Available at Amazon.

Coincidentally Emily Stimpson Chapman also wrote a book in 2012 with a similar title: The Catholic Girl’s Survival Guide for the Single Years: The Nuts and Bolts of Staying Sane and Happy While Waiting for Mr. Right. I haven’t flipped through her book, but my sense is that Stimpson-Chapman’s book isn’t as bad as Wendy Griffith’s and Mandy Hale’s books are. Still, she clearly didn’t have even a tenuous grasp of the biological reality involved with “waiting for Mr. Right” while focusing on education and career. If she did, she wouldn’t have been shocked to find out at age 42 that she had waited too long to conceive.

Again, the difference between secular women and modern Christian women in this regard is astounding. Griffith, Hale, and Stimpson-Chapman all wrote their books after the two articles in The Atlantic warned women of the risk of delaying marriage too long. But Griffith, Hale, and Stimpson-Chapman were busy teaching younger women instead of themselves learning from the warnings of older women.

Even worse, aside from Hale’s glancing admission quoted above, none of them have come out to warn younger women that they were wrong, and not to make the same mistakes they made.

So the cycle continues, with Anna Hitchings as the face of a new generation of never-married 30-something Christian women attempting to teach what they should instead be seeking to learn. Hitchings’ career as a writer finally took off earlier this year when Catholic Weekly published her piece “For want of a lot of good men.” Hitchings capitalized on her newfound celebrity by starting a blog teaching other Christian women (and men) who likewise have failed to marry. Recently she wrote a post titled “Making the most of your single years“, where she acknowledges the debt she owes to the never-married writers who proceeded her:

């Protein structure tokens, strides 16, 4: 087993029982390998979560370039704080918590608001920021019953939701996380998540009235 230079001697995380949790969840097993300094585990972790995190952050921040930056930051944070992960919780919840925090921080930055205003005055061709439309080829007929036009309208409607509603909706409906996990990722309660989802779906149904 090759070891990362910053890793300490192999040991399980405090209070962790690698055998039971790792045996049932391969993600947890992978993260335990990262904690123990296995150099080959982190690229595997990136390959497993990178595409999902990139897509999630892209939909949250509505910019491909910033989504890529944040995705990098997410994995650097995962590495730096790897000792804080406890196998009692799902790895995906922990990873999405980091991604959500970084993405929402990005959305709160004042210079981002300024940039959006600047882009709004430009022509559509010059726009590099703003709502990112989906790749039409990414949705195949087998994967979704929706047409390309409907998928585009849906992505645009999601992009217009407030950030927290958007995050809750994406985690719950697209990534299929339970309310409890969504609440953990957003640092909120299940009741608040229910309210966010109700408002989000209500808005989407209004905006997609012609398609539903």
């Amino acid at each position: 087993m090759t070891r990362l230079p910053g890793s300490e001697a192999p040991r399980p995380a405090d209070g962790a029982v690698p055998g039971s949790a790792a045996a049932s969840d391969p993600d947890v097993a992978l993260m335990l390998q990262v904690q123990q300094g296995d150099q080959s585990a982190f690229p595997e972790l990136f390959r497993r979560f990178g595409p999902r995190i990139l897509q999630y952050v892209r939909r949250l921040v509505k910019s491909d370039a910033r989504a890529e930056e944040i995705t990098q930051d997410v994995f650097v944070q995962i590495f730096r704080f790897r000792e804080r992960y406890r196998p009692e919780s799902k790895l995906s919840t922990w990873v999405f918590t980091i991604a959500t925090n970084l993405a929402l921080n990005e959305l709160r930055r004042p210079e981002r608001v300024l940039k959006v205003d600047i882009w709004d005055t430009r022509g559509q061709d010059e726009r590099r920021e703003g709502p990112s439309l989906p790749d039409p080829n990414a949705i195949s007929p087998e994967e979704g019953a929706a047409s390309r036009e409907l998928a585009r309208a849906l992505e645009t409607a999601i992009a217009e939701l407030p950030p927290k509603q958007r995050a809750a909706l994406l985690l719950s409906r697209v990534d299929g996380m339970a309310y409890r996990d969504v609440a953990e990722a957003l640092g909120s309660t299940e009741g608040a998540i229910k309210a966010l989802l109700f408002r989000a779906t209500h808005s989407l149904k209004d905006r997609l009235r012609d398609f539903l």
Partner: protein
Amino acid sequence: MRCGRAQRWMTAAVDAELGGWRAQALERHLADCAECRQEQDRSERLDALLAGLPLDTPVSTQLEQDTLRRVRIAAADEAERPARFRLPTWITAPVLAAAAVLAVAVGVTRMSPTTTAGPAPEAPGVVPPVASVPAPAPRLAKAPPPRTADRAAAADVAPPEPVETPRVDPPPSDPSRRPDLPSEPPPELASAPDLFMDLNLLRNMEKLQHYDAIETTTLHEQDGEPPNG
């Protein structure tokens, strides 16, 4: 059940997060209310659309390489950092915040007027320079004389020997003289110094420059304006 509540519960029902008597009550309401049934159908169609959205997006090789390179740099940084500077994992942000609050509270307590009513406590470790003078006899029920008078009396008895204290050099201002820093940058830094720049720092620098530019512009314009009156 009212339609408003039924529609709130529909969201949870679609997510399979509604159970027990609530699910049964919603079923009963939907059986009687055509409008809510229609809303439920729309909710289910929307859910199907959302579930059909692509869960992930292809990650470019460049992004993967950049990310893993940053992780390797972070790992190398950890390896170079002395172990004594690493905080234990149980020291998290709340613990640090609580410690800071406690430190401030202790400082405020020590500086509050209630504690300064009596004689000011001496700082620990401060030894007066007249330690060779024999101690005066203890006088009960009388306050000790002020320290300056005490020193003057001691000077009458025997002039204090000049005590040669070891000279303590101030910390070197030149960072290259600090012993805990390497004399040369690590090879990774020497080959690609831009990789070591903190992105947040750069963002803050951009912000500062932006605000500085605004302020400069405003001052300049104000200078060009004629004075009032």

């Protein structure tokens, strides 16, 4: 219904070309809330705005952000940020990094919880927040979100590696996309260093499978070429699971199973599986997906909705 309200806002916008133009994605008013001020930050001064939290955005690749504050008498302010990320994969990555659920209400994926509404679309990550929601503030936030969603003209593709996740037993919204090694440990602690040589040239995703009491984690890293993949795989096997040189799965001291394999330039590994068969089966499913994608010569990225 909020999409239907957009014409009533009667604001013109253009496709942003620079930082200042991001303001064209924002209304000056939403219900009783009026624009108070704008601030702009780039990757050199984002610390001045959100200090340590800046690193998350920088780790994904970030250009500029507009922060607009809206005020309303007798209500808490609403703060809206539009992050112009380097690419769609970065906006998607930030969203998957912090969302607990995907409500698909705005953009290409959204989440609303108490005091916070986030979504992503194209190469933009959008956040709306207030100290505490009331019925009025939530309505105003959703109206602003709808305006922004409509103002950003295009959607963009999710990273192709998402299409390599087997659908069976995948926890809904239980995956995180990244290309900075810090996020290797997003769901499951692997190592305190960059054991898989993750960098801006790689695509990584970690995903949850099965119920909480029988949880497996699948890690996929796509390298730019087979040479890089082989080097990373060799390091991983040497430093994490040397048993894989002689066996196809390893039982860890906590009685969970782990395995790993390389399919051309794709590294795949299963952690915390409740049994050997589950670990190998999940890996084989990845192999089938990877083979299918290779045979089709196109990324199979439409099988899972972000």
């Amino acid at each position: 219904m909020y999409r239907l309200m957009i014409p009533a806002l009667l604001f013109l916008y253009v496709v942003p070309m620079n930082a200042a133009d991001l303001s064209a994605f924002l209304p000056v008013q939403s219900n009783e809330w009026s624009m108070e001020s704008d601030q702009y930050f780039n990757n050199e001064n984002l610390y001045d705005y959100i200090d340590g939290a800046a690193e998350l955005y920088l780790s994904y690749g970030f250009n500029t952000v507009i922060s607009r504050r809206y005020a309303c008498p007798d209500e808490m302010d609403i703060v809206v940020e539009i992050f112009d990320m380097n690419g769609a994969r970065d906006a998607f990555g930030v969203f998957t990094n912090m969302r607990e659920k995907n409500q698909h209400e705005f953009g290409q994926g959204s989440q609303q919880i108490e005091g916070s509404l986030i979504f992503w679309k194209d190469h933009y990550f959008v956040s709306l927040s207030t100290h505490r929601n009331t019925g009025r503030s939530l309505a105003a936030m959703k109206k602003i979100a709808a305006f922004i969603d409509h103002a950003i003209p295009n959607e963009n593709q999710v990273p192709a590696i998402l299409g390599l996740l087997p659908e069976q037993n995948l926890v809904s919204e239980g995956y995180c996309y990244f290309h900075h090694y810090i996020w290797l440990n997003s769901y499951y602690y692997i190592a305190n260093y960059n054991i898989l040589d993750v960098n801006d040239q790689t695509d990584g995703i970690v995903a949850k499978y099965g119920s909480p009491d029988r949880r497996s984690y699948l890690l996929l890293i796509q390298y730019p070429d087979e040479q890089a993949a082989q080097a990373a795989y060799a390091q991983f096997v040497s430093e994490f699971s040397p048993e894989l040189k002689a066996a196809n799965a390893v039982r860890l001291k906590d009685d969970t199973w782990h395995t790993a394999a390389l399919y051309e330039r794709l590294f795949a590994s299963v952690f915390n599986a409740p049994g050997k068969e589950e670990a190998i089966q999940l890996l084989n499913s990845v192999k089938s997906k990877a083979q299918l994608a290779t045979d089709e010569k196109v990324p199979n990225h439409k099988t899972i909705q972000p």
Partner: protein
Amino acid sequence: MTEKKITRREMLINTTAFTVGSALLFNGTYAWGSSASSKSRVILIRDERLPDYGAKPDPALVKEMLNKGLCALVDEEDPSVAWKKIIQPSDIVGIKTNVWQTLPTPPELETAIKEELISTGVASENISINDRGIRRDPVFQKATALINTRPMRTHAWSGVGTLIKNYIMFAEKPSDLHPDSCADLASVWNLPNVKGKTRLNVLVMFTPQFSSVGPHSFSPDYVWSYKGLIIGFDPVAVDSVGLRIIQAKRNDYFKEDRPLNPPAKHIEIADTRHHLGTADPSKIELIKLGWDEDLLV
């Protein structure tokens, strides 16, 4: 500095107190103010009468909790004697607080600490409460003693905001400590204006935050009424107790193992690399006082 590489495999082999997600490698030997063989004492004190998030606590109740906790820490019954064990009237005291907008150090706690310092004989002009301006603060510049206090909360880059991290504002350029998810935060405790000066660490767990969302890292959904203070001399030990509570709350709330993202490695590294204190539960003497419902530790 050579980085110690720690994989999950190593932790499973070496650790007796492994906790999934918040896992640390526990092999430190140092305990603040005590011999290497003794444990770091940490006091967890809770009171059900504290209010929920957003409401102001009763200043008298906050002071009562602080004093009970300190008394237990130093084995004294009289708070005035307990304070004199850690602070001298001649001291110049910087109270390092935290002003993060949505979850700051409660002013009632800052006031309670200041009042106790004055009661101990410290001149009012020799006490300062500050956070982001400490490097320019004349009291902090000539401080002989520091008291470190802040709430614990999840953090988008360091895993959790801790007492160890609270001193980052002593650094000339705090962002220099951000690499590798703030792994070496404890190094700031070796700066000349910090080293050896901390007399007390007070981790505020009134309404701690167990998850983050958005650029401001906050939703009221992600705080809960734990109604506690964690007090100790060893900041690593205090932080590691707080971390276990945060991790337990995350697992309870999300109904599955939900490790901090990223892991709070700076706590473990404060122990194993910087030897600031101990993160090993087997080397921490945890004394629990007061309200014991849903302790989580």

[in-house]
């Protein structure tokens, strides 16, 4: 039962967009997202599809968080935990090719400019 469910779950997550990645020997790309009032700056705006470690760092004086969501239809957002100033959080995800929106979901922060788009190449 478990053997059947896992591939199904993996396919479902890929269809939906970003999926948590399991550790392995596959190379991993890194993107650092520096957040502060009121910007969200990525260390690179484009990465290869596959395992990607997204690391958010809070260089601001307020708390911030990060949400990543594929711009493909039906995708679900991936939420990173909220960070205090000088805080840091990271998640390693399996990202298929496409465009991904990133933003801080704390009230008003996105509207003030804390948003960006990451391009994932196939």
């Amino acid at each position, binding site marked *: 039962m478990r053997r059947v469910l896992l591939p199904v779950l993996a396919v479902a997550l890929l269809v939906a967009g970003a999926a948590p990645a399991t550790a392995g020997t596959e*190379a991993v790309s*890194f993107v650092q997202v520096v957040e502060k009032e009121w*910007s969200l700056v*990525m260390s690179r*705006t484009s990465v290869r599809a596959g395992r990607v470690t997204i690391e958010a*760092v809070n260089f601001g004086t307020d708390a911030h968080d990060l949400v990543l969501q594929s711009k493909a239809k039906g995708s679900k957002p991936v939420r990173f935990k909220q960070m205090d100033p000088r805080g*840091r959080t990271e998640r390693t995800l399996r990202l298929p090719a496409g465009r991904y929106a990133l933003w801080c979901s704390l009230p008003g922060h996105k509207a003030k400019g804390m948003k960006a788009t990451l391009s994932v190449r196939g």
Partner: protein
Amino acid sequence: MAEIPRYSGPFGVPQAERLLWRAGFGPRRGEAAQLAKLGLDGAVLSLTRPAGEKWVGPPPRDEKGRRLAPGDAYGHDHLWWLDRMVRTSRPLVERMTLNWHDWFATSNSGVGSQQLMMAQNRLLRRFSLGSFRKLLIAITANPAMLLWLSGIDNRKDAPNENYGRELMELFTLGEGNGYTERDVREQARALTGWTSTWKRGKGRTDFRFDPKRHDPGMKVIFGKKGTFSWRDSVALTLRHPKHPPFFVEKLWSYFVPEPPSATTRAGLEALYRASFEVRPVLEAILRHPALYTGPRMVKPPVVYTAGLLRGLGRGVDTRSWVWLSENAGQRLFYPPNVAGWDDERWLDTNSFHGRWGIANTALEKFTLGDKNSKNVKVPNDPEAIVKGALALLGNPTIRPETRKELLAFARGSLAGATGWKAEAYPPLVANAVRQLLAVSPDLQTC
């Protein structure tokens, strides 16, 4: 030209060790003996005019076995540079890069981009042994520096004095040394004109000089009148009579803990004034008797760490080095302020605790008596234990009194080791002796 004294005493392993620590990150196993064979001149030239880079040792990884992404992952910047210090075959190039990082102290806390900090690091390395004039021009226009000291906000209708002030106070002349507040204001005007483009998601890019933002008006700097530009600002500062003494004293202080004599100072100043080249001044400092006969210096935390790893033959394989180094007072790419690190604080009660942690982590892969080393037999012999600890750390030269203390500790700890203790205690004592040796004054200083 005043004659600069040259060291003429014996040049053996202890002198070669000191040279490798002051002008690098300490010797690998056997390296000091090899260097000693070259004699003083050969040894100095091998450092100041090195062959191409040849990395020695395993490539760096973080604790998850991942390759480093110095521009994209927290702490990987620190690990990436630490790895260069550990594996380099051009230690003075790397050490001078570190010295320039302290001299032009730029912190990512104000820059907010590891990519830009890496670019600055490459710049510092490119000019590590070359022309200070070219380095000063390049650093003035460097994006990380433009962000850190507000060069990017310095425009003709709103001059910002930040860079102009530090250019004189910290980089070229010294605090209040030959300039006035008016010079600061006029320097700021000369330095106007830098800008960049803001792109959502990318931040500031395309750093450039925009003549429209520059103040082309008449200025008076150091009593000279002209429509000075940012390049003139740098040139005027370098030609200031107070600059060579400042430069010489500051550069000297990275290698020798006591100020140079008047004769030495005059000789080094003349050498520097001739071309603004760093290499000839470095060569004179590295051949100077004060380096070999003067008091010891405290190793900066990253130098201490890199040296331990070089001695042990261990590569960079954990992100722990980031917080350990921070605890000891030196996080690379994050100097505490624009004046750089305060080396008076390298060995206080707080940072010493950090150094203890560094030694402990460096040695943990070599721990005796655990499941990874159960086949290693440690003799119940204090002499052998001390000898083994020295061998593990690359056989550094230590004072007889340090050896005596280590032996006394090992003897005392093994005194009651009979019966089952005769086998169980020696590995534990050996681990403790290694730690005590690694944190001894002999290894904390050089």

“While the tried and true guide to helping Catholic women ‘survive’ the single years has been provided by American writer Emily Stimpson has been written by American author Emily Stimpson {The Catholic Girl’s Survival Guide for the Single Years: The Nuts and Bolts of Staying Sane and Happy While Waiting for Mr. Right}, I thought it would be helpful to share some of my own advice on getting the best out of your singlehood. Just for the record, I don’t think being single is something that should be ‘survived’; I think we should be able to thrive in whatever state of life we are in, because that’s what God has willed for us now.”

—————- End of Dalrock’s post —————-

Editor’s afterword